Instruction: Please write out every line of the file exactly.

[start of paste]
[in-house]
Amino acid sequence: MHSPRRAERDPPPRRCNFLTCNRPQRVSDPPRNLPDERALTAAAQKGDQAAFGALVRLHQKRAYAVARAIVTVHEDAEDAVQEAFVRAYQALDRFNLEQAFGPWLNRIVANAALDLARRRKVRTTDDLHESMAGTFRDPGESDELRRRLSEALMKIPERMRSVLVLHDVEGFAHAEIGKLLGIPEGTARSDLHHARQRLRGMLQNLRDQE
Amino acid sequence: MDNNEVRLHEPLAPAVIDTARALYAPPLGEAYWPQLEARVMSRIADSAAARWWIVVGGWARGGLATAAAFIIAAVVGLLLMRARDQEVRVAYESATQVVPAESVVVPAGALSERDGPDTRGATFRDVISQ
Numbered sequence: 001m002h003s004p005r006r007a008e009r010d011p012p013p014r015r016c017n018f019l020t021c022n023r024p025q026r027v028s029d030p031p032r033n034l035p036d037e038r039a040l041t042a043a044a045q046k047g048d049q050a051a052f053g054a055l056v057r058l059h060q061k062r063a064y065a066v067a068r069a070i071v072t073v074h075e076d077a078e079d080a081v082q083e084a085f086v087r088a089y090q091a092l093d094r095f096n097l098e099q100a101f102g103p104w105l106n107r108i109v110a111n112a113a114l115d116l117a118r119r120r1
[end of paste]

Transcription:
[in-house]
Amino acid sequence: MHSPRRAERDPPPRRCNFLTCNRPQRVSDPPRNLPDERALTAAAQKGDQAAFGALVRLHQKRAYAVARAIVTVHEDAEDAVQEAFVRAYQALDRFNLEQAFGPWLNRIVANAALDLARRRKVRTTDDLHESMAGTFRDPGESDELRRRLSEALMKIPERMRSVLVLHDVEGFAHAEIGKLLGIPEGTARSDLHHARQRLRGMLQNLRDQE
Amino acid sequence: MDNNEVRLHEPLAPAVIDTARALYAPPLGEAYWPQLEARVMSRIADSAAARWWIVVGGWARGGLATAAAFIIAAVVGLLLMRARDQEVRVAYESATQVVPAESVVVPAGALSERDGPDTRGATFRDVISQ
Numbered sequence: 001m002h003s004p005r006r007a008e009r010d011p012p013p014r015r016c017n018f019l020t021c022n023r024p025q026r027v028s029d030p031p032r033n034l035p036d037e038r039a040l041t042a043a044a045q046k047g048d049q050a051a052f053g054a055l056v057r058l059h060q061k062r063a064y065a066v067a068r069a070i071v072t073v074h075e076d077a078e079d080a081v082q083e084a085f086v087r088a089y090q091a092l093d094r095f096n097l098e099q100a101f102g103p104w105l106n107r108i109v110a111n112a113a114l115d116l117a118r119r120r1